Ted Dunlap, STEE


You have-to have initials after your name to lend credibility to your projects and pronouncements. My latest creation inspired me to append “STEE” to my name. Further explanation will wreck the aura, but I’ll go ahead anyway. It stands for Shade Tree Electrical Engineer… similar to the Shade Tree Mechanic title I earned repeatedly with my auto/truck/motorcycle/tractor repair toolset.

Running a ham radio shack requires steady, clean 12-volt electricity. Handheld transceivers, HTs, or walkie-talkies if you prefer, have their own batteries. Cheaper ones use AA or AAA, but most use rechargeables whose chargers plug into standard 120-volt household outlets. Our mobiles and base units all run on 12-volt direct current in our shacks, vehicles or deployed field stations.

I selected solar-charged 12-volt deep-cycle marine battery for my first radio shack. It cost more than triple that of a good 12-volt power supply running on household power, but ham radio for me is about emergency communications, and many emergencies involve absence of household power. An off-grid solar/battery system cares not what the grid is up to.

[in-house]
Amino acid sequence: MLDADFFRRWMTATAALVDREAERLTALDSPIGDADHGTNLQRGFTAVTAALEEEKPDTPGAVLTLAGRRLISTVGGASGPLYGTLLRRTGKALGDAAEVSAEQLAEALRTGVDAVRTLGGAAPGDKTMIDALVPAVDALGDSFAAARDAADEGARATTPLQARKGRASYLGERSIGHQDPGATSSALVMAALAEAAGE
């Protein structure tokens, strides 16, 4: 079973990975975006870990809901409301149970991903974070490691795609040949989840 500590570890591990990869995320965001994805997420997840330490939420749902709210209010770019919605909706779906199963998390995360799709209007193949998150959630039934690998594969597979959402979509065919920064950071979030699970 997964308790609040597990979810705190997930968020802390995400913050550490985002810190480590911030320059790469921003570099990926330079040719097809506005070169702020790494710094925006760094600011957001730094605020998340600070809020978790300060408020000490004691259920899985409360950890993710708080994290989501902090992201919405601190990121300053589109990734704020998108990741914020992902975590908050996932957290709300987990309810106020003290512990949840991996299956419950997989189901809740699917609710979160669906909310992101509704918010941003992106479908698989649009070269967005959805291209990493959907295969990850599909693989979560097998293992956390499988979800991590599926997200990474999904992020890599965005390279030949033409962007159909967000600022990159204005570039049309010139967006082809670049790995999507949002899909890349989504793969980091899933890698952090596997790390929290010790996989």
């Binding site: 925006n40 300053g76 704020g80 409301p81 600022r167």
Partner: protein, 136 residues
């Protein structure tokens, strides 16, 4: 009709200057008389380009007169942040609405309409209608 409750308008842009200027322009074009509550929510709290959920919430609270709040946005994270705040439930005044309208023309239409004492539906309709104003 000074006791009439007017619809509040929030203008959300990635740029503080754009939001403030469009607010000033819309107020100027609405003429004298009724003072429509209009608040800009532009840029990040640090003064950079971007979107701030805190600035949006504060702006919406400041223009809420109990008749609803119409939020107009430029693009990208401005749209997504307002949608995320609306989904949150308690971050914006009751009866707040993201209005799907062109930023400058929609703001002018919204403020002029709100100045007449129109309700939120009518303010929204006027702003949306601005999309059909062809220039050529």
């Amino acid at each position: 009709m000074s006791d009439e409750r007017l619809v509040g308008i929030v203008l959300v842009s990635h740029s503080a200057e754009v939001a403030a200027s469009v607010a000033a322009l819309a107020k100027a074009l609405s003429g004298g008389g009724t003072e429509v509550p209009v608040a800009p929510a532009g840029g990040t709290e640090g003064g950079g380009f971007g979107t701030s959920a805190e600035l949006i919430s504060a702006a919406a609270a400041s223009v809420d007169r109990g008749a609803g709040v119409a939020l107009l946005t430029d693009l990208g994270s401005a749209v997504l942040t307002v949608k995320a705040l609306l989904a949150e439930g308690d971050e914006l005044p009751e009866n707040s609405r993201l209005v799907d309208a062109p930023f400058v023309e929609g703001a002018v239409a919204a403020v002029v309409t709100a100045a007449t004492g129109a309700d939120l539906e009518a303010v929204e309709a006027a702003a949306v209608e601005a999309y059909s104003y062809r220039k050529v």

My first system was designed and sourced by a proclaimed expert solar engineer who turned out to be more of a legend in her own mind than fully qualified. It did not do everything I asked for, but has been running my radio shack for several years now.

I had excess charging capacity at times, so added second and third lead-acid batteries last fall, then managed to over-use the system. That lead to a larger solar panel and controller. I got that hung up and connected only to find my new controller inadequate … or my solar collector excessively powerful (actually 50% more peak power than I was told to expect). Either way, I had to order a new, more capable controller. That is a week or two away.

Meanwhile I need to keep my batteries charged somehow.

The right way being unavailable right now, the shade tree engineer went to work.

A week or two of connecting and disconnecting power cables entering the controller was discounted right away. Ah, but I have a few blade switches that would be happy to do the job. The juice from panel to controller is now detoured through a handy manual switch.

I close the switch at night so that the early morning solar energy enables the too-small controller to recharge my batteries before the full force of the solar panel overwhelms it by mid-day… at which point I open (disconnect) the switch for the rest of the day.

Shady, perhaps, but it will work until the right part gets here (that I ordered from a reputable solar energy specialty store).